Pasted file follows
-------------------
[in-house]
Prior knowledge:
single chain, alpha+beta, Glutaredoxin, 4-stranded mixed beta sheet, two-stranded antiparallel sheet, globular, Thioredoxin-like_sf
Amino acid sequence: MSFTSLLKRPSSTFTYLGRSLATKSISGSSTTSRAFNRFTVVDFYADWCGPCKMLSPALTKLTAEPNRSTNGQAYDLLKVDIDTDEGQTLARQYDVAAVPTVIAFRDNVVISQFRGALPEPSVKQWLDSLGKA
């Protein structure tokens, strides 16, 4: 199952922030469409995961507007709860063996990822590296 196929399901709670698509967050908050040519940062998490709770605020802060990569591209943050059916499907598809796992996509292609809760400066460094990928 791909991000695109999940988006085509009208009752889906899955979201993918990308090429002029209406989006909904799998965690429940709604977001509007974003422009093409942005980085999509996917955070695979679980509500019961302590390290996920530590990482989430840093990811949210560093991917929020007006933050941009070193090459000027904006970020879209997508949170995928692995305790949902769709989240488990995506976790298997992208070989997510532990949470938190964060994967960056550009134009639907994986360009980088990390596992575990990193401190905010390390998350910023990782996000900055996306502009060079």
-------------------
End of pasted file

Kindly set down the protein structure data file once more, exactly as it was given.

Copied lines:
[in-house]
Prior knowledge:
single chain, alpha+beta, Glutaredoxin, 4-stranded mixed beta sheet, two-stranded antiparallel sheet, globular, Thioredoxin-like_sf
Amino acid sequence: MSFTSLLKRPSSTFTYLGRSLATKSISGSSTTSRAFNRFTVVDFYADWCGPCKMLSPALTKLTAEPNRSTNGQAYDLLKVDIDTDEGQTLARQYDVAAVPTVIAFRDNVVISQFRGALPEPSVKQWLDSLGKA
């Protein structure tokens, strides 16, 4: 199952922030469409995961507007709860063996990822590296 196929399901709670698509967050908050040519940062998490709770605020802060990569591209943050059916499907598809796992996509292609809760400066460094990928 791909991000695109999940988006085509009208009752889906899955979201993918990308090429002029209406989006909904799998965690429940709604977001509007974003422009093409942005980085999509996917955070695979679980509500019961302590390290996920530590990482989430840093990811949210560093991917929020007006933050941009070193090459000027904006970020879209997508949170995928692995305790949902769709989240488990995506976790298997992208070989997510532990949470938190964060994967960056550009134009639907994986360009980088990390596992575990990193401190905010390390998350910023990782996000900055996306502009060079």